My unflappable friend Julia, whom I had outsourced the makeup gig to, was surrounded by teenage girls. Julia was no stranger to hanging out with gaggles of refugees and brought a calm and firm presence to the chaos of the room. The bridal party was a sassy, high-pitched bundle of nervous energy (this was sort-of like their version of a debutante ball, signaling that they were ripe for marriage themselves). They drank can after can of orange Fanta and admired the henna on their hands. They played hip-hop music videos and yelled into cell phones and told Julia to put on more and more and more eye makeup. I hovered, completely useless at beautifying rituals but just trying to be a part of the process. I printed off directions to the wedding and handed them out to the men downstairs, I took pictures while the girls posed, and I turned off the rap music when it became unspeakably crass (I am very, very good at Shutting Things Down).
We got the phone call that it was time to go to the ceremony, and we all gathered to give Hali advice. She looked exceedingly calm, like she had withdrawn almost completely inside of herself. I realized that for once in my life, I didn’t have any advice to give her.
The music at the wedding was so loud that the speakers had long ago died and you could hear metal bits buzzing about. Somali Bantus from all over the west coast were there, congregating in front of the Russian dance studio where the celebration was to take place, talking loudly over the fuzzed-out bass that was spilling from inside. Julia and I conscripted several teenage boys to help us carry in the cake, and I don’t know what got more stares: that confectionery masterpiece or the sight of two white girls at the wedding.
To distract myself from the emotions lying near the surface I switched into Cultural Anthropologist mode, making mental notes about the fabulous dresses and all the rituals I didn’t understand. The room was large and surrounded by mirrors, with a few tables off to the side piled high with speakers and other DJ equipment. There were chairs hugging the walls, and in the middle of the room was a large circle of women, dancing slowly, slowly, slowly around the room. They were women of all ages, some with babies strapped to their backs, twirling and shuffling and generally just having a good time.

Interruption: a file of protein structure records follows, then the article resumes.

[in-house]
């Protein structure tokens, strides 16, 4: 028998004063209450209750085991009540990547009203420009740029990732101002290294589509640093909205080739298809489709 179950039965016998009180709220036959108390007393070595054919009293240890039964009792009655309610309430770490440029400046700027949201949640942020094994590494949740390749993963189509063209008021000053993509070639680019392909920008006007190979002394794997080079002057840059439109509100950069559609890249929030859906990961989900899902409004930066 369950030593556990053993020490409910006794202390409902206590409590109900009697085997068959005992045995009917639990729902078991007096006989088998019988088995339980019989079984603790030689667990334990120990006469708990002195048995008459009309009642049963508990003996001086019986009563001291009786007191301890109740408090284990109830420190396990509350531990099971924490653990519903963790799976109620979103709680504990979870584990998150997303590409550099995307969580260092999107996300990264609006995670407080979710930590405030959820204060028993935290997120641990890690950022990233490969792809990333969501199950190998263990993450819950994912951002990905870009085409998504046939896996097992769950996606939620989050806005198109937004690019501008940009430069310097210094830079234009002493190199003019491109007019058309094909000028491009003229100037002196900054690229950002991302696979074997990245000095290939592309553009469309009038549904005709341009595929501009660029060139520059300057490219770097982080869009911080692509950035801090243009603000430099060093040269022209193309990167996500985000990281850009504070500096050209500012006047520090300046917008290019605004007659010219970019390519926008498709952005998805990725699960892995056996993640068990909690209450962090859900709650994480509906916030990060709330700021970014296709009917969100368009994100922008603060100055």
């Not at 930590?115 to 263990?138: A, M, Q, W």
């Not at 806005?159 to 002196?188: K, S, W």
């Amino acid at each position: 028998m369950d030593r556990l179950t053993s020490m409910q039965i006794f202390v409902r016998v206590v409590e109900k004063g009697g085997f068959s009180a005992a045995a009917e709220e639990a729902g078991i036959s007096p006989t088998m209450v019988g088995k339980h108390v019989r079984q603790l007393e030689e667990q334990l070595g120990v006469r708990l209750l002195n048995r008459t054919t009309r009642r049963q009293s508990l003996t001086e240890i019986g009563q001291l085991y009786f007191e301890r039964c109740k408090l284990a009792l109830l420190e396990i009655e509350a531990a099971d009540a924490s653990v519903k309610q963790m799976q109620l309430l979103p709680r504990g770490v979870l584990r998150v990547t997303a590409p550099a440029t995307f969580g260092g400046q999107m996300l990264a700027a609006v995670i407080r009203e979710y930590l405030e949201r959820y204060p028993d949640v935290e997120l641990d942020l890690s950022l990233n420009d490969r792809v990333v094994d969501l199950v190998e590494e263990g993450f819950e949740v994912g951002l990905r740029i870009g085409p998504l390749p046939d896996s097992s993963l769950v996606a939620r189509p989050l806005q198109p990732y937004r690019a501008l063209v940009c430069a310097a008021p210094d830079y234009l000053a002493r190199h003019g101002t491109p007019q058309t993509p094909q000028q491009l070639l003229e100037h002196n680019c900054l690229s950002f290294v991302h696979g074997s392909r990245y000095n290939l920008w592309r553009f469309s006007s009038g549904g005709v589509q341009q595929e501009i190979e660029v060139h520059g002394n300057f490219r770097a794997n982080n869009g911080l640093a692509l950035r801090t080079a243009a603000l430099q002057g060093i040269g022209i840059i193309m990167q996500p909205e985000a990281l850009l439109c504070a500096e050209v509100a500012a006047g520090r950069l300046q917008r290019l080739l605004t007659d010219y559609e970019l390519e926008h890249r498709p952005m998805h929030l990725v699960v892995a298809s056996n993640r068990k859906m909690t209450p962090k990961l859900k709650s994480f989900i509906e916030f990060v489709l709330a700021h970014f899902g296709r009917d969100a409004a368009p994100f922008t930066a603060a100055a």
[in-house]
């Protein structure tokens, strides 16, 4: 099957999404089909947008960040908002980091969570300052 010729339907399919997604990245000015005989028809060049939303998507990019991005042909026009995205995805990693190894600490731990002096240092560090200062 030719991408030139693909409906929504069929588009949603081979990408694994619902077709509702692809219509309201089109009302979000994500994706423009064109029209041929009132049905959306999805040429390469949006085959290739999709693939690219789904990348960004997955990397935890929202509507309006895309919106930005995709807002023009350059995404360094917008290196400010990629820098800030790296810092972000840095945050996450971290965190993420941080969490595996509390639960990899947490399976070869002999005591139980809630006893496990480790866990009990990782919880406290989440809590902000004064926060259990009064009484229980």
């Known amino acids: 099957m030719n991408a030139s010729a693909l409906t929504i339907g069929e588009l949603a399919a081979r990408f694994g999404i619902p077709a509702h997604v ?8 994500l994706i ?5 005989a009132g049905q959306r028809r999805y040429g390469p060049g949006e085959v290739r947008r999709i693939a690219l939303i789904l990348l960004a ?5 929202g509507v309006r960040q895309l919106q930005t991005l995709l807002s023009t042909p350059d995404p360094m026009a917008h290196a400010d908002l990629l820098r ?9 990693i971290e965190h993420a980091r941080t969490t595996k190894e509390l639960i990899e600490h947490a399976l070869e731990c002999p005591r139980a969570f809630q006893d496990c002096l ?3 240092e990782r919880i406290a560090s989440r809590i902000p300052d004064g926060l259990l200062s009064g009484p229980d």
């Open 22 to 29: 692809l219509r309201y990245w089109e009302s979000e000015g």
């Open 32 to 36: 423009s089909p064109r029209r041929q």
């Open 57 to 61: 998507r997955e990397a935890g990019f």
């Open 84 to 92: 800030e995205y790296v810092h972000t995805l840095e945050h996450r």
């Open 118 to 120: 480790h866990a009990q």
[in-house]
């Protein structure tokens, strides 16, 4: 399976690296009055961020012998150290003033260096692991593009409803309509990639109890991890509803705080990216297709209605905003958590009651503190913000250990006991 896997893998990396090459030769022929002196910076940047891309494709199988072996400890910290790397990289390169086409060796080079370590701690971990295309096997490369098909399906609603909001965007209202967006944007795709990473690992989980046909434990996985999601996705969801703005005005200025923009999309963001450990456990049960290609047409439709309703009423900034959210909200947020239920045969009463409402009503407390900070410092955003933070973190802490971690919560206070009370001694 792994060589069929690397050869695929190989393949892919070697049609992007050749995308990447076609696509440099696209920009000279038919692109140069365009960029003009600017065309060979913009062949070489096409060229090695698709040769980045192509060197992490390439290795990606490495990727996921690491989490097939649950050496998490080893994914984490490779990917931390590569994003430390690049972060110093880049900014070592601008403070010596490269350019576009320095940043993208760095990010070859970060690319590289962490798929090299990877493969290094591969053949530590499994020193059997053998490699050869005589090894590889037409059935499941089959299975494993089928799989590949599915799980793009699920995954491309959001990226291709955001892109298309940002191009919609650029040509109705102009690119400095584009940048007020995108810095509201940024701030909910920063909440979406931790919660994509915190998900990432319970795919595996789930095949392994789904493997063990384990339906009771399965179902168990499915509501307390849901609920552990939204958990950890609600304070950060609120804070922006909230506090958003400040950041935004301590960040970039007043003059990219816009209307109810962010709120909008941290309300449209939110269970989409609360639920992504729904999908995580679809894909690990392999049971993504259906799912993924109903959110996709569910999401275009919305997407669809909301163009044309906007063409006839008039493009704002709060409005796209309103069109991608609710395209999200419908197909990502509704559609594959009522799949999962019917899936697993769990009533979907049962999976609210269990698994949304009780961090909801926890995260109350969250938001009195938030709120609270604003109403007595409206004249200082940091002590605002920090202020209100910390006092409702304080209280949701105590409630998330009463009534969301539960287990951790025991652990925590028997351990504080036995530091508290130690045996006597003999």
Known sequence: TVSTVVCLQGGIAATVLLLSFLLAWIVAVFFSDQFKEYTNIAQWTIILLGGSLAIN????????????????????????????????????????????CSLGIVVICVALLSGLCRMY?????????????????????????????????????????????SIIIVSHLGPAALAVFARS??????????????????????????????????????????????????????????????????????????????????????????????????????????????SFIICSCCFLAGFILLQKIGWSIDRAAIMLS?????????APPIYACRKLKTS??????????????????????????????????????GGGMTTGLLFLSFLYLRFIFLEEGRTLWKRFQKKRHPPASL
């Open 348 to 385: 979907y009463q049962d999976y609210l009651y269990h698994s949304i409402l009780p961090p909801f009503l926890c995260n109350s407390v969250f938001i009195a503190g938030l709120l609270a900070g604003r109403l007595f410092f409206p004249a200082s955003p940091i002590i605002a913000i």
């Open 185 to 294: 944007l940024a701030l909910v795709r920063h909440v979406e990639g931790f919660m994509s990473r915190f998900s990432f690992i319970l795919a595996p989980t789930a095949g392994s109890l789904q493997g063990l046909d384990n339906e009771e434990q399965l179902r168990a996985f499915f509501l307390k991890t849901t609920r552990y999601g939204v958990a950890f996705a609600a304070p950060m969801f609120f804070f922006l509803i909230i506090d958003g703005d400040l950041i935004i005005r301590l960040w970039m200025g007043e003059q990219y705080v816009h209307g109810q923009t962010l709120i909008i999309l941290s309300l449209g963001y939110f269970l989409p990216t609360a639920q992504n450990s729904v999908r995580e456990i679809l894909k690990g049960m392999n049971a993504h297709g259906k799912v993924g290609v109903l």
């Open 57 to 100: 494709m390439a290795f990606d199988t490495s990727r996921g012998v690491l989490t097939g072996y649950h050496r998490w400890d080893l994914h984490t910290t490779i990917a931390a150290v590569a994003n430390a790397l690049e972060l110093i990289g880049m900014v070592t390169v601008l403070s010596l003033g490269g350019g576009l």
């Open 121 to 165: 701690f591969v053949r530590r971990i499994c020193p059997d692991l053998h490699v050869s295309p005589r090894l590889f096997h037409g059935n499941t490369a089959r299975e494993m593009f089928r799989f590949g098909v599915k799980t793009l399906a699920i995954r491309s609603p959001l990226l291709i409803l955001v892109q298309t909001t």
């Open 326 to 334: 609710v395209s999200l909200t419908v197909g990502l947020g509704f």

I camped out on the sidelines with Julia, ears aching and head throbbing and with a large lump in my throat. I was grateful that it was too loud to talk; I wouldn’t have known what to say.
After what seemed like hours of waiting, we were all ushered outside again to watch as the bride and groom held hands (which then meant they were married). We all followed them inside waving banners in the air, the women yelling and trilling at the top of their lungs. Then the entire bridal party did something like 100 laps around the little room, dancing slow as molasses, everyone looking young and beautiful and never taking their eyes off the floor. I stared at the groom, tall and thin, dressed in a gray suit and never taking off his sunglasses. I tried to think kind thoughts, to be an optimistic person for once in my life.
After several hours of this, the bride and her girls were ushered off to do a complicated dress change. I was up way past my bedtime, needing to get home to relieve the babysitter. I asked when the cake would be cut and was told it would happen at the end of the wedding. Well, when will that be? “Oh, 4 or 5 in the morning.” I decided to leave, right then and there.
I tried to find Hali in the crush of people surrounding her. Her sisters found me, breathless with the excitement of it all, faces covered in makeup that was obviously applied by someone not as talented as Julia. They told me that things had changed, that Hali was moving to the east coast instead of Seattle, that she had just been told herself. I shouted at the girls over the din “When is she moving? Next week?” No, they told me. She is leaving tomorrow.
I frantically pushed through people until I found Hali and her pack of girls in a small changing room. She had warned me beforehand that she wouldn’t be able to talk to me at the wedding, that I shouldn’t be worried by how sad she looked. She had explained that in her culture, it would be disrespectful to look happy on her wedding day—she was, after all, leaving her family behind. I found her, in a beautiful dark-green dress that looked like a sari, and clutched her wrist. “Hali,” I said, “I love you.” I swallowed, and then lied through my teeth: “ I am so happy for you.” She nodded her head. I rushed on, talking fast and close to her ear.
“I want you to know that you can always call me. If you ever, ever need anything, please call me. I will always be here.” Her eyes looked up at me and she nodded, and then she was led away to continue the dancing, side by side with the man she had only met twice in real life.
The children were all crowded around the cake, staring with wide eyes at all that frosting, taking little licks when they thought no one was watching. Babies slept in chairs, on the floor, on their mothers’ backs. The music still pulsed, one song blending into another, and the women danced on. Julia and I snuck out the back door, and I got my last look at Hali, so gorgeous and young, having her day in the sun, and a feeling worse than sadness started creeping in.
I thought about the countless conversations about colleges and careers, the introduction of Disney pre-teen media and “follow your dreams” mantras, the talks about Jesus and how much he loves and values women, my harping on equitable marriages, on waiting to have children, on finishing high school. As I drove away from the wedding, there was only one thought in my head: What if I had made everything worse?